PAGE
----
Baking Bread and Bettering the Brain
My daughter Daniella who manufactures chef uniforms, did a deal with Jade who teaches Bread Baking. Daniella would make Jade and her mother each a beautiful apron to wear at their bread making demonstrations. In exchange, my daughter and I were offered a workshop on making Sour Dough Bread.
So this morning my starter was ripe, and it was time for me to put my new skills into practice. The starter had been out of the fridge for four days, had been dutifully fed at 24 hour intervals and was considered ripe for the job. Kneading bread in preparation for the rising before the baking, is a 20 minute repetitive operation. I needed something to keep my mind busy whilst performing the kneading process. The speakers from my computer were placed in the kitchen, and it was time to get to work.
Brain Science Podcast
It was some time since I had last listened to Ginger Campbell’s Brain Science Podcast. “Brain Science features the latest books about neuroscience as well as interviews with leading scientists from around the world.”
I chose to listen to the presentation by John Medina who discussed his book: Brain Rules for Aging Well: 10 Principles for Staying Vital, Happy, and Sharp, The podcast was switched on, and the bread mixing was started.
Brain Health: Genetics and the Environment
It was 15 years ago that I first learned about neuroplasticity and the brain’s ability to change according to environmental stimuli. This podcast would offer me the chance to learn about some of the recent research on keeping the brain healthy and retaining cognitive reserve. “Recent research,” quoted Medina, “has demonstrated that the role of the environment is responsible for 66% of the ability to maintain the maximum performance of our brain.”
Confirmation of the positive role of social interactions for preserving brain health was reassured by the speaker. Spending time in congenial company helps to preserve both our cognitive and our emotional health. Of course, we all know it is good to have friends. However, there is a bit of a new spin on the friendship criterion. “Welcome those friends that do not always agree with you,” say the experts. “It is a good exercise to have an intellectual sparring match with your friends as long as one simple condition is observed. You need to retain respect for each other. Seek out people with different perspectives and challenge your latent beliefs.” That was great news for me as I have been spending many hours of late in the zoom room conducting controversial debates on the role of the Covid pandemic, and its contribution to forcing us to re-evaluate our lifestyle and our value systems.
With the emergence of the pandemic, these meetings have offered wonderful food for thoughtful examination. It is amazing that a topic as mundane as the role of a cloth mask in preventing Covid-19 can arose so much controversy. Of course, it is not recommended for this discussion to result in the acrimony experienced between Republicans and Democrats!
“It is healthy to discuss our life perspective with those of a different generation. Contrasting values and ideas offer the brain a ‘work-out’, during which the synaptic connections can be retrained. With computers playing such a dominant role in the life-style of young people, they are in touch with many ideas and opportunities that are unavailable to those who opt-out of interacting with social media,” says our expert. There is no doubt that learning from one’s grandchildren is a very worthwhile activity. Let us offer them our wisdom gleaned from our long life of challenges, and further enrich ourselves by remaining current with the new ideas and original thinking of the younger generations.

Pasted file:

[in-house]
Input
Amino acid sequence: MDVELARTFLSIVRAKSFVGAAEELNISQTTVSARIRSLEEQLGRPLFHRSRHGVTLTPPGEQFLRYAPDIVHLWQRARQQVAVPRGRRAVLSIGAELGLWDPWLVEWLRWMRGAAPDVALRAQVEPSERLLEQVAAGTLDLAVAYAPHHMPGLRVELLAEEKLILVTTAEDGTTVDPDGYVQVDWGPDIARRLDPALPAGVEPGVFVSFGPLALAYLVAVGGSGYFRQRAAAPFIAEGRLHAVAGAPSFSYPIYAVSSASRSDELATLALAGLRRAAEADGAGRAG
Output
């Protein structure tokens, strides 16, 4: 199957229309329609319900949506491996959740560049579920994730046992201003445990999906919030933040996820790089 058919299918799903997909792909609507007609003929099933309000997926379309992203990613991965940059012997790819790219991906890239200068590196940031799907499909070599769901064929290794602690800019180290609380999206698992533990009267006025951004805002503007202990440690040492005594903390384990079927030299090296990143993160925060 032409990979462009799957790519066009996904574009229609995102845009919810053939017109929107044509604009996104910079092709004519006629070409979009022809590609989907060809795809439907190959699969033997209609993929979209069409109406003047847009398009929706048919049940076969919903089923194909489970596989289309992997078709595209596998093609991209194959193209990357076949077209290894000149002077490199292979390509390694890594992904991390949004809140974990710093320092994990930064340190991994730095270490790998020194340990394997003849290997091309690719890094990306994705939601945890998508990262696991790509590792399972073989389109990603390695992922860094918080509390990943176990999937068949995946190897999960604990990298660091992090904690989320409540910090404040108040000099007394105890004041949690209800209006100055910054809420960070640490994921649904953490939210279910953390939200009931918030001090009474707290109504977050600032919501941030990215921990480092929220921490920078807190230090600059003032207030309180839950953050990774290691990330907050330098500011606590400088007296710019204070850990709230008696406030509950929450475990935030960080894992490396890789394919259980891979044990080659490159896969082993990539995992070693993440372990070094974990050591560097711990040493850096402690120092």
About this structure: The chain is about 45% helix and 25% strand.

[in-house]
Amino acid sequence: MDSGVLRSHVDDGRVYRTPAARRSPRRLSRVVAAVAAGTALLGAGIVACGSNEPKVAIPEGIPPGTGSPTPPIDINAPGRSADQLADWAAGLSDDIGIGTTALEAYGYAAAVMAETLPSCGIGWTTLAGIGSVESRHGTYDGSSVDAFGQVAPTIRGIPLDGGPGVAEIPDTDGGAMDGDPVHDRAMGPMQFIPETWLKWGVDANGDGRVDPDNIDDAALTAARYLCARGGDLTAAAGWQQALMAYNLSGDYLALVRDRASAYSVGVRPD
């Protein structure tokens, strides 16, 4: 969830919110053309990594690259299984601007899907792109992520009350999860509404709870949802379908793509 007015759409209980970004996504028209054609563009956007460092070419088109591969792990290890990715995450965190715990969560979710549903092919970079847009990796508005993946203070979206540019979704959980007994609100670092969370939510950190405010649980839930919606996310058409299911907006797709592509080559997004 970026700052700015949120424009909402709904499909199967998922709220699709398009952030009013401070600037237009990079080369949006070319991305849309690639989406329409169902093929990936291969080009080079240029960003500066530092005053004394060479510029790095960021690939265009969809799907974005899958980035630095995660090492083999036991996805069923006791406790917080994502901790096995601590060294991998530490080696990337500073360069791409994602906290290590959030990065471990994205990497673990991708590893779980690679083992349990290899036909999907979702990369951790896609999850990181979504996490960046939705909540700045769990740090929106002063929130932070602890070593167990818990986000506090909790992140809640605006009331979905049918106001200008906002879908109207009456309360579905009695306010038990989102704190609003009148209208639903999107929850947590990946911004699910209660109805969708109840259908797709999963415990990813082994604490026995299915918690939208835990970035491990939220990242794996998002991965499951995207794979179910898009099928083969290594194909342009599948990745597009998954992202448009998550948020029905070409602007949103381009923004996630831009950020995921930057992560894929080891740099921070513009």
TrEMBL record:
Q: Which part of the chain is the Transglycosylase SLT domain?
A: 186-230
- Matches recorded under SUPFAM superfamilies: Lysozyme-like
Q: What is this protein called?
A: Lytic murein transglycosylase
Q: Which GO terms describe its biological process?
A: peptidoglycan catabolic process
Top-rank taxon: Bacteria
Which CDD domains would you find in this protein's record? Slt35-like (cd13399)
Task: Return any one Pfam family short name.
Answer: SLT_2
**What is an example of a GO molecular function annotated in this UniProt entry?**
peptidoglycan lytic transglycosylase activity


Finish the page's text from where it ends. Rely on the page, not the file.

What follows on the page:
The Mediterranean Diet.
The expert podcaster reassured me regarding my faith in the Mediterranean Diet, something which I have been practising for the past few decades. The advantage of a diet rich in fruit and vegetables is healthy for humans and also puts less stress on the natural resources of the planet.
My recent studies with Climate Reality has increased my awareness of the urgency of cutting down the carbon content of the atmosphere by at least 1.5%. I have been made even more firmly aware of the fact that a plant-based diet is more environmentally friendly than one dominated by beef, chicken and lamb.
I always knew that taking my dogs for a walk for approximately 45 minutes a day for the past 70 years was an investment in my health, so it surprised me to learn how little movement we actually need in order to gain the benefits of aerobic activity. “All you need to do is a brisk half hour work for five days a week to show the benefit of exercise,” claimed the podcaster.
I now take most of my phone calls on my cellphone. I have made it a rule to always walk around my lounge, or outside in the garden when I have longish phone conversations. That must surely give me a further hour or so of walking per day!
Combining the Old and the New
It was satisfying to find that I was kept entertained by a contemporary podcast whilst simultaneously performing the bread baking which has been similarly practised for many centuries. How rewarding it is to combine the ancient art of baking homemade bread with the contemporary capacity to enhance my learning.
The bread was indeed yummy! Let us trust that my synapses will continue making new and stronger connections!